And, all the effort was worth it, according to guest feedback. “We’ve had people comment on TripAdvisor that these are some of the best shared bathrooms that they’ve been in,” Miriam adds. “And quite often the rooms with the shared bathrooms sell out before the luxurious deluxe rooms.”
The new Crowne Plaza Kitchener-Waterloo in Ontario, which was previously a Delta, reopened in the spring; it now features a bathroom redesign. Guestrooms and bathrooms were revamped under the vision of designer Jolanta Lukas of Newmarket, Ont.-based Royal Design Inc. (The public areas of the 202-room hotel are undergoing a redesign as well.)
In the bathrooms, hotel management opted to exchange most of the existing tubs with showers, to appeal to business guests. Tubs remained in approximately 50 rooms to create an alternative for parents, who often prefer bathtubs for their children. “It’s made additional space in the bathroom — getting rid of the tub,” says Ally Visram, COO of Vista Hospitality Co., the hotel’s ownership group, based in Kitchener, Ont. “The new bathroom designs are very contemporary, giving a fresh look.”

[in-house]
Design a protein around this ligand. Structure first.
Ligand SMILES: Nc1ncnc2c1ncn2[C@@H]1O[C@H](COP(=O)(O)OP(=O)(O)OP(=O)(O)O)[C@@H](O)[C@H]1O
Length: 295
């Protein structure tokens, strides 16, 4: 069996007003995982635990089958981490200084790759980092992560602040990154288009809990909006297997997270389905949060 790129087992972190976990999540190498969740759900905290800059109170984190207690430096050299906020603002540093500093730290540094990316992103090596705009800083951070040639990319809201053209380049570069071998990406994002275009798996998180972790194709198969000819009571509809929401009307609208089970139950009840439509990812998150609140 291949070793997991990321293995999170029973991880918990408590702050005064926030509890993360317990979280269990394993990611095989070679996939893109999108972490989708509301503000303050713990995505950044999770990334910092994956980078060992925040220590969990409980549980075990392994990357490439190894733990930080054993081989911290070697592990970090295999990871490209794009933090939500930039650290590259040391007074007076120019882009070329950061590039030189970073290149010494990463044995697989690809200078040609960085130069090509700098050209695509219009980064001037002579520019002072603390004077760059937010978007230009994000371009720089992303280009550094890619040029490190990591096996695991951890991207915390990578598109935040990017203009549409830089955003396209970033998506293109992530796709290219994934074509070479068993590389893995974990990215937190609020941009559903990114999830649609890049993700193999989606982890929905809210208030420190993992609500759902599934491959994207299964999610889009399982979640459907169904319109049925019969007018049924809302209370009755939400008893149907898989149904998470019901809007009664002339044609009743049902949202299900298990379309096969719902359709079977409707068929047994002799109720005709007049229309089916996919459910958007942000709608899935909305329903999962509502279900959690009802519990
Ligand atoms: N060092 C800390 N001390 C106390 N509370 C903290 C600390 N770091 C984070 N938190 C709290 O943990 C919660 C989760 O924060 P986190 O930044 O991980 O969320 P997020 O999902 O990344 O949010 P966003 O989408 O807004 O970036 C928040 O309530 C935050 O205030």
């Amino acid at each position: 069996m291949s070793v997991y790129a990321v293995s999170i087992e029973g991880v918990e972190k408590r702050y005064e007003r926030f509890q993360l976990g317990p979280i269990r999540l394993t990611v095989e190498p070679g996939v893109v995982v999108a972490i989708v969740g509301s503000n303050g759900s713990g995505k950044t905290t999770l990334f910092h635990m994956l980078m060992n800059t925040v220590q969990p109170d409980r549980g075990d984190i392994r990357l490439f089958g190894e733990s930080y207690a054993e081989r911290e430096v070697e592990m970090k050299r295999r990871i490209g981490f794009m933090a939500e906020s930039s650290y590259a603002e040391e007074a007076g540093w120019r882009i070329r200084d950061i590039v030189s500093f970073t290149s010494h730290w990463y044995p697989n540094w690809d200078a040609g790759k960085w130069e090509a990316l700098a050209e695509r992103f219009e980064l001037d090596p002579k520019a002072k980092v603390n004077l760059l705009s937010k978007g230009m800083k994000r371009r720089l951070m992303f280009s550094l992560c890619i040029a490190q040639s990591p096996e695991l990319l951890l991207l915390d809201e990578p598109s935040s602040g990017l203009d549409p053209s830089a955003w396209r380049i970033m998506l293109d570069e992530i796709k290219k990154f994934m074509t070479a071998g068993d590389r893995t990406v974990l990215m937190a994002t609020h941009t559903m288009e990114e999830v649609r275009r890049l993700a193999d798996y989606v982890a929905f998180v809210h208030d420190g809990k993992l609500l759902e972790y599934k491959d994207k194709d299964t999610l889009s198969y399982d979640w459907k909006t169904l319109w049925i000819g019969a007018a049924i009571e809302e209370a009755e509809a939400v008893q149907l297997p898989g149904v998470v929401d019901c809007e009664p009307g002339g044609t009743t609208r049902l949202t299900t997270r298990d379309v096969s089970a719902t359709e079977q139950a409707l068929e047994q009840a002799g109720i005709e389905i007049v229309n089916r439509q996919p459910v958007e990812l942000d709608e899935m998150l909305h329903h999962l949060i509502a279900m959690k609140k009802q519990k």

The Crowne loo high-lights a neutral palette accented by green vinyl wallpaper. Indiana-based Delta faucets and dual-flush Georgia-based Toto toilets reduce the brand’s environmental impact, in keeping with the hotel company’s corporate Green Engage sustainability program. A contemporary bowl sink is a standout, creating “more of a boutique feel,” Visram adds. Ceramic tile floors mimic the look of wood, and sliding pocket doors help save space in the small rooms, while frosted glass windows open them up to natural light.
The design was accomplished with a budget of $2,500 to $3,500 per bathroom. And, the hotel has received “fantastic feedback,” says GM Yari Khan. Guests call the new bathrooms “very unique,” which, he says, contributes to the guest’s overall hotel experience.
After all, bathrooms that shine help create the right impression, Khan adds. “The bathroom is 50 per cent of the [guestroom] experience, if not more,”